How do you tell the age of a tyre?

Tyres are manufactured with a Tyre Identification Number (TIN) marking moulded on the sidewall that shows the week and year that the tyre was made.

For post 2000 made tyres the last four digits of the TIN indicate production date,eg. 1204 indicates a tyre made in the 12th week of 2004.

For tyres made pre 2000 the last three digits of the TIN indicate production date,eg. 375 indicates a tyre made in the 37th week of 1995.

Tyres made in the 1990’s have a triangular indentation after the last number eg. 10th week of 1995 would have the code 105Δ

For tyres made pre 1990  NOΔ used on pre-1990 tyres, thus you may have a 1980s or earlier tyre.

Bridgestone Aust. have an informative web page re. Aged tyres at and they state: “Warning signs – Regardless of their age tyres should be replaced if they show significant crazing or cracking in the tread grooves or sidewall and/or bulging of the tread face or sidewall.”

Oldcars found the above article in the Bulletin of the Vintage Motor Club, Sydney. 


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Orange NSW Veteran and Vintage Cars Only Rally

This report on the May 2011 Autumn Tour at Orange is reprinted (with permision) from the Bulletin of the Vintage Motor Club……….

The O.DA.M.C. Autumn Tour was commended to us as an excellent veteran and vintage cars only rally, hosted by the Orange District Antique Motor Club in Central West NSW.

Arriving at Rally HQ, the Orange Antique Motor Club’s converted old school house, on Friday May 6th  we were warmly welcomed, offered a snack and tea, handed our rally packs and then guided out to a lakeside stop near Mt. Canobolas. Were we impressed –  82 veteran and vintage cars all lined up and such a friendly bunch of people from all over NSW and Queensland. Everyone was talking about how great it was just to have a rally with only pre-1930 cars.

So many interesting cars to look at, and then there was the awesome natural beauty of autumn in the Central West. After the lake stop we toured in convoy to a winery and an olive grove – tastings included. Easy drive then back to the motels in Orange in the late afternoon light and plenty of time to get ready and chat before an easy walk to the Services Club for dinner.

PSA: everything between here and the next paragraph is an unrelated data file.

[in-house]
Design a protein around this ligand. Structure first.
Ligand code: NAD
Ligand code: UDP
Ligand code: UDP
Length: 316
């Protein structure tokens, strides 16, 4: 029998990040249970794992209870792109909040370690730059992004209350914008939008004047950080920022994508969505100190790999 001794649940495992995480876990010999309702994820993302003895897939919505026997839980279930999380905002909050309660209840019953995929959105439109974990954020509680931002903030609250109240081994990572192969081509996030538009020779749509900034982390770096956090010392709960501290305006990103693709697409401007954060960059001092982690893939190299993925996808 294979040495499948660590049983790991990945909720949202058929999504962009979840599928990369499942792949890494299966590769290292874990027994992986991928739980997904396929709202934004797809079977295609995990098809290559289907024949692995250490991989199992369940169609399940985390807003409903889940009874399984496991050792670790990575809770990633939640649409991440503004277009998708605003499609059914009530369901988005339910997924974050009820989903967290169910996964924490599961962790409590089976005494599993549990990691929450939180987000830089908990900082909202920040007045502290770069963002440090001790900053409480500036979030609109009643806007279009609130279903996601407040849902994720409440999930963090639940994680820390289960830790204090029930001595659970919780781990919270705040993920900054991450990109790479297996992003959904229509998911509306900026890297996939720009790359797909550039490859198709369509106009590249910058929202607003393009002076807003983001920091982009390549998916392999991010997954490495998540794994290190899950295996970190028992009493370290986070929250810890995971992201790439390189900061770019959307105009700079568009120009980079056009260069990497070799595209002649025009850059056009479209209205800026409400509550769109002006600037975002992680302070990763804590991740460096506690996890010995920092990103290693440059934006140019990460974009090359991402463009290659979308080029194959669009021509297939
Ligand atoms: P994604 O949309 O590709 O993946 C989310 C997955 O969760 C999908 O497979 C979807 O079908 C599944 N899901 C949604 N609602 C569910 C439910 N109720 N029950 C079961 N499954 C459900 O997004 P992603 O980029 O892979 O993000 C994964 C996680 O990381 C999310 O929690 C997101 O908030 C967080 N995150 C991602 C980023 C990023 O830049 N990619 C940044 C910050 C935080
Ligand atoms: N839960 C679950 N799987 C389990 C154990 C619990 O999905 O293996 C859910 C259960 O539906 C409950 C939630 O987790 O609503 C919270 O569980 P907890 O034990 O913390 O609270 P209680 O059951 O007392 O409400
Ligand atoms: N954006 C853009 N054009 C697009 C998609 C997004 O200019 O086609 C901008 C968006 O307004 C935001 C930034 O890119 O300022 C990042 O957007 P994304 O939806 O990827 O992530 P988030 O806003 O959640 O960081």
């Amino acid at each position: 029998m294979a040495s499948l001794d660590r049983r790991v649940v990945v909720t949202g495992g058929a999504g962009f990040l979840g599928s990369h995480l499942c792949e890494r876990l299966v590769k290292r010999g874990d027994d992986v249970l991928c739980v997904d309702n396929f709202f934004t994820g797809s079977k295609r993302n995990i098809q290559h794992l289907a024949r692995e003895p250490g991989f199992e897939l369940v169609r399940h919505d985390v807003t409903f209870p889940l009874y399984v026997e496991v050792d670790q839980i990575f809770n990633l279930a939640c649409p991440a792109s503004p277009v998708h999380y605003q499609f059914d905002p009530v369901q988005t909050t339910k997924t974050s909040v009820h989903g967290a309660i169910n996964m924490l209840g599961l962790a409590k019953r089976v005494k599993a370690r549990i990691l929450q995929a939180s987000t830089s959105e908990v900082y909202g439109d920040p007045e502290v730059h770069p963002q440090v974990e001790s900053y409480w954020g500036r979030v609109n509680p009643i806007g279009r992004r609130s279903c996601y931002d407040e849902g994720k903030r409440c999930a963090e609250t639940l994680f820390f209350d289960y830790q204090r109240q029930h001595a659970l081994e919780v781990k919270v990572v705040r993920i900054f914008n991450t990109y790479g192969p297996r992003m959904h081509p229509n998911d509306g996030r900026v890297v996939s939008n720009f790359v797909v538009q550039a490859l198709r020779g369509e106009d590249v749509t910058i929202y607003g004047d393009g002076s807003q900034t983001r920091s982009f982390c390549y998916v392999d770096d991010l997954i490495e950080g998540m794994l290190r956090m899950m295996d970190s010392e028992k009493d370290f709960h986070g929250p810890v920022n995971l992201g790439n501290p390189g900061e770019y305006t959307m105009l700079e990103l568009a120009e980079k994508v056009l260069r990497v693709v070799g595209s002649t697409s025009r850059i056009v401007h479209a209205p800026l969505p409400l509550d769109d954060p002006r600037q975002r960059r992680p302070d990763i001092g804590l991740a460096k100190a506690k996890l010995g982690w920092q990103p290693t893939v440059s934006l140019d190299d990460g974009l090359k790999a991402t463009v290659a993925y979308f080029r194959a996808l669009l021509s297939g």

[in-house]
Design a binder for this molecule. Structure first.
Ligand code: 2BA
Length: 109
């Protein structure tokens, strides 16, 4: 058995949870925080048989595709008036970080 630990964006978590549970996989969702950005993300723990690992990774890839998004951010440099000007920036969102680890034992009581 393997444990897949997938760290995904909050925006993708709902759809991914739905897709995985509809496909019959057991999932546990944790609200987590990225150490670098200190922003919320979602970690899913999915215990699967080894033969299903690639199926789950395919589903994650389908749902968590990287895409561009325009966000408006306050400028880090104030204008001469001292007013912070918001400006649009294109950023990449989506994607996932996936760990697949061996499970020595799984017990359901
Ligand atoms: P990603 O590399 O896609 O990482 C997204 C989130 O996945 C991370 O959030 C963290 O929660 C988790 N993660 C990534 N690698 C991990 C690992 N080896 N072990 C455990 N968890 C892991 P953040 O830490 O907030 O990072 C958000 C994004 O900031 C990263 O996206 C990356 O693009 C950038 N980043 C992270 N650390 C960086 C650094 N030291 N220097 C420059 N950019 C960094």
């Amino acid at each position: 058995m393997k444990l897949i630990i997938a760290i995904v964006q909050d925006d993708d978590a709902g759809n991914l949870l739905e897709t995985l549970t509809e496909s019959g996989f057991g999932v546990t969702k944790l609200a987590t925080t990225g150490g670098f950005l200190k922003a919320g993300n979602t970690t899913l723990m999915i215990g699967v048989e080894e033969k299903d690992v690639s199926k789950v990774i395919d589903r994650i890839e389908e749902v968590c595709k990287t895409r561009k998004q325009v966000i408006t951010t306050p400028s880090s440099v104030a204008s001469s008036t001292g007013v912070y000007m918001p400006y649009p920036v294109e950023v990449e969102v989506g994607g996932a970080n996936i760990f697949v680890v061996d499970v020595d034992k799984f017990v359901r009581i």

Saturday was cool but fine and all 80 plus cars assembled, for photos and briefing, before the drive to Cudal for a huge country-style morning tea hosted by the school P&C, then more lovely country roads to Manildra and the historic Amusu Theatre. Having seen this  before most of our group settled in for a nice proper coffee and chat on main street Manidlra and a wander in the antique shop. The rally then moved along to Cumnock where we were again fed right royally by the Cumnock Show Society.

More looking over the vintage cars we still had yet to see close-up and then a very pleasant drive to Molong – we did enjoy the wonderful gelato at the local gelato factory.

Sunday night the Presentation Dinner at the Services Club was a most pleasant and well catered for affair, with lots of raffle prizes and awards to the owners of some most deserving cars. Every entrant received a nice presentation colour photo of their car taken that morning.

Sunday morning was quite cool but fine and the ODAMC members put on a great cooked brekky at their Club house. We were again overwhelmed by the friendliness of this group and their determination to ensure that everyone’s rally experience was a success. After farewells with old and new friends we left Orange about 9am. The journey homeward was a little slower than planned as the Olds developed fuel pump problems. Will we be there next Autumn Rally in two years time – you betcha! (extracted from VMC Bulletin, June 2011)

There’s 90 or so photos from this rally on Flickr at ODAMC Autumn Tour 2011 that brought out on the road a depth and breadth of makes and models not seen on rallies for many years.

This very succesful Autumn Tour seems to be part of a trend in veteran and vintage cars only rallies that is catching on all around the country. It’s not that V&V drivers don’t appreciate other old cars, in fact most of us have newer old cars in our garages, it’s just that a V&V rally is paced to suit the older cars and not the faster post-war cars that now predominate at rallies.  A V&V rally also gives those of us with vehicles with wooden frames, wooden spoke wheels and the other features unique to V&V cars a chance to talk to very like-minded and experiences restores and drivers.

Old Cars